Digital measurement company comScore announced that mobile commerce spending on smartphones and tablets in the U.S. increased $5.8 billion in Q3 – a 26 percent increase over Q3 2012. Yet, during the same time period, mobile malware threats also increased 26 percent, making consumers more vulnerable to mobile attacks than ever before.
Tripwire recently conducted a survey on mobile security and holiday shopping which found that ninety-one percent of U.S. respondents and 83 percent of U.K. respondents believe that shopping on a computer provides more security than shopping on a mobile phone.
And rightly so, as fifty-nine percent of U.S. respondents and sixty-five percent of U.K. respondents said they do not have any security software on their mobile phone. Despite mobile malware concerns, many plan to use their mobile phones for holiday shopping.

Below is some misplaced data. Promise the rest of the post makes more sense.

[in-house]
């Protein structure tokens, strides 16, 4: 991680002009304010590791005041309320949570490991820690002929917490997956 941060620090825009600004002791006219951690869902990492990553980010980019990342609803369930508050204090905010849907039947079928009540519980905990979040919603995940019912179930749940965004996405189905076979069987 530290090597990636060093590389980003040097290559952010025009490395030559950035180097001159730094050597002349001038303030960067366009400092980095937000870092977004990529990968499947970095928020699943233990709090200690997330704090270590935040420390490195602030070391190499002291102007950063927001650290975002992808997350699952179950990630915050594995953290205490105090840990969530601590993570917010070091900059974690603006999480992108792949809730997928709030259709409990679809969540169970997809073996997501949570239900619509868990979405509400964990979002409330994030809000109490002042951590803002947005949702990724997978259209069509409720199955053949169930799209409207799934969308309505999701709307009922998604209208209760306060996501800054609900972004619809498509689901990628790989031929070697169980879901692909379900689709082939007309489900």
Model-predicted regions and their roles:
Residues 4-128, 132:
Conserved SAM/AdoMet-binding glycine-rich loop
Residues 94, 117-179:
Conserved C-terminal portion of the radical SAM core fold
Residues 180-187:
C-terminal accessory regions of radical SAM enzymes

Key U.S. findings include:
- Respondents from wealthier households are three times more likely to shop for the holidays using their mobile devices.
- Male respondents are 50 percent more likely than female respondents to shop on their mobile devices at work.
- Respondents from wealthier households are seven times more likely to say there is no maximum price for items they would purchase with their mobile device.
- 50 percent more men than women say the convenience of mobile shopping overrides security concerns.
“Shopping on mobile devices is all about convenience, and it is clear from the data that consumers are quite willing to forgo security for that convenience,” said Dwayne Melancon, chief technology officer for Tripwire.
“The survey also seems to confirm the stereotype that men do not like to shop and will go out of their way to avoid shopping malls. It is also not surprising that affluent households are more likely to shop on mobile devices this holiday season; after all, they will have more discretionary income to spend and typically place a higher value on the convenience of shopping online.”
The survey was conducted by Dimensional Research and OnePoll from November 18-20, 2013, and evaluated the attitudes of 1,400 consumers in the U.S. and U.K.